Save the Rustlings Road Trees
14th July 2015 – SORT (‘Save Our Rustlings Trees’, which later became ‘Save Our Roadside Trees’) wrote a 32 page letter addressed to Cllr. Terry Fox, Sheffield City Council’s Cabinet Member for Environment and Transport.
SORT’s letter highlights the need for SCC to formally adopt and implement a comprehensive Tree Strategy as Council policy. It explains, in detail, the ways and means by which SCC could fulfil its policy commitments and statutory duties, and comply with current good practice guidelines.
What SORT’s letter advocates
1) the recognition of the valuable contribution that street trees make, by way of the range and magnitude of beneficial ecosystem services (and in some cases goods) they afford to communities and the built environment;
2) the importance of and necessity to apply the precautionary principle.
3) the importance of and necessity for the Council to adopt a tree strategy as Council policy, to help guide and inform policy and management decisions: thus helping ensure policy and persons responsible and most directly involved support, promote, and enhance responsible and sustainable management of the urban forest resource – in particular, street trees (with their medium and large crowns, they are a significant component of green infrastructure.)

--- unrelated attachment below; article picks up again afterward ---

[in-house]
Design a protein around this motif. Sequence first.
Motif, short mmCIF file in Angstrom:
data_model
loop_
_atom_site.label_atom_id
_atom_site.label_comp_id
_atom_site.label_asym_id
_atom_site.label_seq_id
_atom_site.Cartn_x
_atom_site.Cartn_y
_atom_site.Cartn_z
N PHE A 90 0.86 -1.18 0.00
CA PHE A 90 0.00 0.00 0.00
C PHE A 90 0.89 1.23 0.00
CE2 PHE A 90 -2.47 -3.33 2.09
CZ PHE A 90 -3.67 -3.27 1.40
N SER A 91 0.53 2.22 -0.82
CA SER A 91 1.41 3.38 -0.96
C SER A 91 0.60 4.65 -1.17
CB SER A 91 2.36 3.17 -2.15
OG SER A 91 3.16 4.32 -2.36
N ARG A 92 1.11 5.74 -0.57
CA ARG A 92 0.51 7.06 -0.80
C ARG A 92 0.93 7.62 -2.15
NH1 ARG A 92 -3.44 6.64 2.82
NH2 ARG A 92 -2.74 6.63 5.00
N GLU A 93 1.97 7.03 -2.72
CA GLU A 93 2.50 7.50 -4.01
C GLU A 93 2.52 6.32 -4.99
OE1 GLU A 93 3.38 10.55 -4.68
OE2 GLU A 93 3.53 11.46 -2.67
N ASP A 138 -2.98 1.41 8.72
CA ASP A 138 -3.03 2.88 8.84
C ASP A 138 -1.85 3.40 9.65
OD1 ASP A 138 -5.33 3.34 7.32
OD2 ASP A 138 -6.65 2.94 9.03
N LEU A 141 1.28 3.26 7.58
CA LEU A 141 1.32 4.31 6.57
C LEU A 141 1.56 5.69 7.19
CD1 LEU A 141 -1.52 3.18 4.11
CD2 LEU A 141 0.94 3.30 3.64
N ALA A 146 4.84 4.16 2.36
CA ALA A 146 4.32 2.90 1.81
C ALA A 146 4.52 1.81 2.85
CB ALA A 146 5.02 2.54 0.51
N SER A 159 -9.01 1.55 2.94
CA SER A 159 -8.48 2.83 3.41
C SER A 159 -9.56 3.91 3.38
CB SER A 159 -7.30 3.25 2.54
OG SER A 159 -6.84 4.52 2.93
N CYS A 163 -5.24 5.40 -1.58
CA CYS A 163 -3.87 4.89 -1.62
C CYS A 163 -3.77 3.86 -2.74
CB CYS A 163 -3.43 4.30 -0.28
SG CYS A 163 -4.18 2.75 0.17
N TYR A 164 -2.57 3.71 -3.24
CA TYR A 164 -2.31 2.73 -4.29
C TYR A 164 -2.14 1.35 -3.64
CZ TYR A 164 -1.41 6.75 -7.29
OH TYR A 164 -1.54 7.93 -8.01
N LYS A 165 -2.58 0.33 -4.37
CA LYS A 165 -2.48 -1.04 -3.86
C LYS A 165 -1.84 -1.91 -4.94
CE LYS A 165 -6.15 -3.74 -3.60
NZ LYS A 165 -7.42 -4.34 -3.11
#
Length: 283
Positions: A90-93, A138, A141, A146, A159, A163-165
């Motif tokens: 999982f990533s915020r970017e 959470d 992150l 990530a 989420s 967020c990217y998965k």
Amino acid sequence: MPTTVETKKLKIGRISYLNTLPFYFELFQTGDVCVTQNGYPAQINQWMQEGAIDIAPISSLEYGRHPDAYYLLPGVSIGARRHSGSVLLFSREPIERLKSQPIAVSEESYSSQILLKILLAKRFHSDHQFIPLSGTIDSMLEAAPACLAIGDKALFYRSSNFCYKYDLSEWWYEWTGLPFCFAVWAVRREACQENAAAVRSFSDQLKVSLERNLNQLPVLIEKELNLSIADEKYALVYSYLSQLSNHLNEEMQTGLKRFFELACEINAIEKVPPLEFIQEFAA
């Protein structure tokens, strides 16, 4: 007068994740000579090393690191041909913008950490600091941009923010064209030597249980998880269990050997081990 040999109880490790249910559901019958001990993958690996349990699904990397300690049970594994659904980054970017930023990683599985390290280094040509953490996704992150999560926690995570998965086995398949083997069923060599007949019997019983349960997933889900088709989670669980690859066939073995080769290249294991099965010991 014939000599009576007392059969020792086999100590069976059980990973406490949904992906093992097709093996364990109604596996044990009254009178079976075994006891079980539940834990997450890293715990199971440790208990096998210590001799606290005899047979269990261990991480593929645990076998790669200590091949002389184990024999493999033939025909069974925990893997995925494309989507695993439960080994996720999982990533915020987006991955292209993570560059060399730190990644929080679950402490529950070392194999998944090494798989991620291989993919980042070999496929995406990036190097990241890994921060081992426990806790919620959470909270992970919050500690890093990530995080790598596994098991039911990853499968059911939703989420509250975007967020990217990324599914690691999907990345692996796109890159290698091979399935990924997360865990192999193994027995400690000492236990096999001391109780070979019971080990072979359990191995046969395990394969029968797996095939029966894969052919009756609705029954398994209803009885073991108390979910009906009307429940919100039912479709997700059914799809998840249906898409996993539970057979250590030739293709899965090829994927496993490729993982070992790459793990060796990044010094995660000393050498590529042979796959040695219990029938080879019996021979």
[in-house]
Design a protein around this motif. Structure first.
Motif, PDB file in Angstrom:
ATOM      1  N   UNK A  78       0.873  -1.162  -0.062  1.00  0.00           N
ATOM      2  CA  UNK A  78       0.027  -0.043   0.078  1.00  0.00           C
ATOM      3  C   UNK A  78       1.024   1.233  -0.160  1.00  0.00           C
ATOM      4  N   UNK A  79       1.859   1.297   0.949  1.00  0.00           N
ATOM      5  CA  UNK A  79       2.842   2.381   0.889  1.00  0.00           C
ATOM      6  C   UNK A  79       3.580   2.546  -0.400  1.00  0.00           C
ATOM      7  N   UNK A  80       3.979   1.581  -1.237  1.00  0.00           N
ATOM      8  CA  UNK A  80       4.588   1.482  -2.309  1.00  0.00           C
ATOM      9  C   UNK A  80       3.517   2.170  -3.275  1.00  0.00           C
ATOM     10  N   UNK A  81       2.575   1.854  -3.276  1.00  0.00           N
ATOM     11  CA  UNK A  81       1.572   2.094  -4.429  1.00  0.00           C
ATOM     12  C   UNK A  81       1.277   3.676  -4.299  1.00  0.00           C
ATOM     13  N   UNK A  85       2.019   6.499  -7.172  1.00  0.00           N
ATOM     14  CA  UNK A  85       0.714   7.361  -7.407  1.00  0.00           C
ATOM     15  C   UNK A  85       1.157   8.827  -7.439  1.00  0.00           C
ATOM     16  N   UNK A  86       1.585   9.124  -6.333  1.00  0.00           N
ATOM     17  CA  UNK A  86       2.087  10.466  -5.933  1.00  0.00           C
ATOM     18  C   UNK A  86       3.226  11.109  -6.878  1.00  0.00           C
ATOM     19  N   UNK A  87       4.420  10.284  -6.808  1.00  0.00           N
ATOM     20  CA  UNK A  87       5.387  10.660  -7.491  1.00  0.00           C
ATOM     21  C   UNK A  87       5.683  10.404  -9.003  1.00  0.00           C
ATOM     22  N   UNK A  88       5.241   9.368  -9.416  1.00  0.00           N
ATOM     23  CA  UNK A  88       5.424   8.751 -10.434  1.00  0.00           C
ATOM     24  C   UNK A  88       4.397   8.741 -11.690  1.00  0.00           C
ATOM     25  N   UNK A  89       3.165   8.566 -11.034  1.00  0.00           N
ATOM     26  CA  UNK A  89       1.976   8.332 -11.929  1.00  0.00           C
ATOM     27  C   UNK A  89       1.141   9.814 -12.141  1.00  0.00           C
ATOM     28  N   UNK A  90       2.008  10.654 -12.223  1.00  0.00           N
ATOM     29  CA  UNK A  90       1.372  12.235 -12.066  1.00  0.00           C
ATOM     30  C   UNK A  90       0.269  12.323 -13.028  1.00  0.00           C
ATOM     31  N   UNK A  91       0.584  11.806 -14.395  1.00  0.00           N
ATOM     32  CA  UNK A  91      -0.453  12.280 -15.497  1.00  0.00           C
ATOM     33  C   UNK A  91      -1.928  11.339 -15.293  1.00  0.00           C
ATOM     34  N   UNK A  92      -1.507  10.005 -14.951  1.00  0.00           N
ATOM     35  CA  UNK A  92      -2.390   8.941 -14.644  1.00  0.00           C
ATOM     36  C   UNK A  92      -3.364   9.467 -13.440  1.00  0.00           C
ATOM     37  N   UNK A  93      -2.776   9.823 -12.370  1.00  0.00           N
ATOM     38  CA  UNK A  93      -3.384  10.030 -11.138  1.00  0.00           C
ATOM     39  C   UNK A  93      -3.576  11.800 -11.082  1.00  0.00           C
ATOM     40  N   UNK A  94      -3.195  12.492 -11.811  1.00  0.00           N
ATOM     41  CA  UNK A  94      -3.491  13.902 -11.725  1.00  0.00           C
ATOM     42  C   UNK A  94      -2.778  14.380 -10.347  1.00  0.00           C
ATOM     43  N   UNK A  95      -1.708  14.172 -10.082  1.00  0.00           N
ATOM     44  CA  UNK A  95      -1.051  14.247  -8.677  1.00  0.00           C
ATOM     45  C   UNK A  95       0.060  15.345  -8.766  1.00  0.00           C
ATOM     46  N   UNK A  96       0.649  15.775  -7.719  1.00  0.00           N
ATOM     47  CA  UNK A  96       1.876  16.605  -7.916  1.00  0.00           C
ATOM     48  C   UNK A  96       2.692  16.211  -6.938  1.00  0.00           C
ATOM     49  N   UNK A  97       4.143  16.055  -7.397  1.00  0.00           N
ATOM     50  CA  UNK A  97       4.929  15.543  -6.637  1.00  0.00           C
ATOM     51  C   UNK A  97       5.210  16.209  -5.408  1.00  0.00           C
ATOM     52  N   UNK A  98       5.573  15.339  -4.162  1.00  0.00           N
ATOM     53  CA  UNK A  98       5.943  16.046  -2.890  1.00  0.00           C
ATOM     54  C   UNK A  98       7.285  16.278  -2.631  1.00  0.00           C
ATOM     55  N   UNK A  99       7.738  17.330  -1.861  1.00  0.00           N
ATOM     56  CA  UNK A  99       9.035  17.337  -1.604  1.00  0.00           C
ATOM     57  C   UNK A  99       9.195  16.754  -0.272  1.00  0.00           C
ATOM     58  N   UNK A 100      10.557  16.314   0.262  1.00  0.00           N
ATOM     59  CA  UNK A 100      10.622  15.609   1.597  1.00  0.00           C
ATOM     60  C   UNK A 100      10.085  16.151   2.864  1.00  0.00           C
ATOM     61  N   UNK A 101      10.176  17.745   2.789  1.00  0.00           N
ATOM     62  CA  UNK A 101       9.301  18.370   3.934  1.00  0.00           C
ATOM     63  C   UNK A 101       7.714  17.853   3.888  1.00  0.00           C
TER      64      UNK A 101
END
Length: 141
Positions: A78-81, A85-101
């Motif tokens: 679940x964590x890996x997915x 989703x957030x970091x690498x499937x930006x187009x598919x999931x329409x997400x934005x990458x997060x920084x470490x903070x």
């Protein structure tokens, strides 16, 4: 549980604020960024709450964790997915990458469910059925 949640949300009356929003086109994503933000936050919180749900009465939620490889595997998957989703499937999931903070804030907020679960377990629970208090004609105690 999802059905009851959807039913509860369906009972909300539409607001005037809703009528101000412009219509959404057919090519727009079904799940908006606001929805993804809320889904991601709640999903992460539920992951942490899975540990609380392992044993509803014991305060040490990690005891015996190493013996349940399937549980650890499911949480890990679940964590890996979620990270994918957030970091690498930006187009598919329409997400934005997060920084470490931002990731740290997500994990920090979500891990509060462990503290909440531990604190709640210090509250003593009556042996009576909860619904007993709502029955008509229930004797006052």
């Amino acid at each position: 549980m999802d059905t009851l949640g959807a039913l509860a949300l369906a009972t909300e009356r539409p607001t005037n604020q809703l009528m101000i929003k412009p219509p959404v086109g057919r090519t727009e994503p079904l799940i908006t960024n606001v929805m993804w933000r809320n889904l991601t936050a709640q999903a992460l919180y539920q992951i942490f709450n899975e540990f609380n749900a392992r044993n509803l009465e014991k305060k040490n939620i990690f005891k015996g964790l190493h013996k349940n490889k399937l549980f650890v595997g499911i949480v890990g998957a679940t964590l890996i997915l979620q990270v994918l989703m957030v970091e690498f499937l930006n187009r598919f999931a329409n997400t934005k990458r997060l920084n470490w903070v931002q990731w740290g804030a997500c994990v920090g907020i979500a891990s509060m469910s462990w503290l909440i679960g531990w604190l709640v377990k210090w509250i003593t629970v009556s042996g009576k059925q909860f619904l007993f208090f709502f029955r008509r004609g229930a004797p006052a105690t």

4) the necessity to ensure that hazard and risk assessment and management is reasonable, balanced, proportionate and takes in to account all the circumstances of each case: so as to comply with current arboricultural best practice; current guidance and recommendations of the Health and Safety Executive; the international forestry principles and criteria set out in The UK Forestry Standard and its Guidelines, and other international and national legislation and policy commitments.
5) the importance of and necessity for competent arboriculturists (defined by British Standards 5837  and 3998 .
6) the necessity for current arboricultural best practice with regard to works in close proximity to street trees, and solutions for the long-term safe retention of long-established trees: at least to the safe, useful life expectancy of the species concerned (and possibly beyond).
7 ) the necessity for an informed, strategic approach to the identification and assessment of hazards and risks by competent inspectors: inspectors with education, training and experience relevant to the matter being addressed and an understanding of the requirements of the particular task.”
The Council’s response to SORT’s letter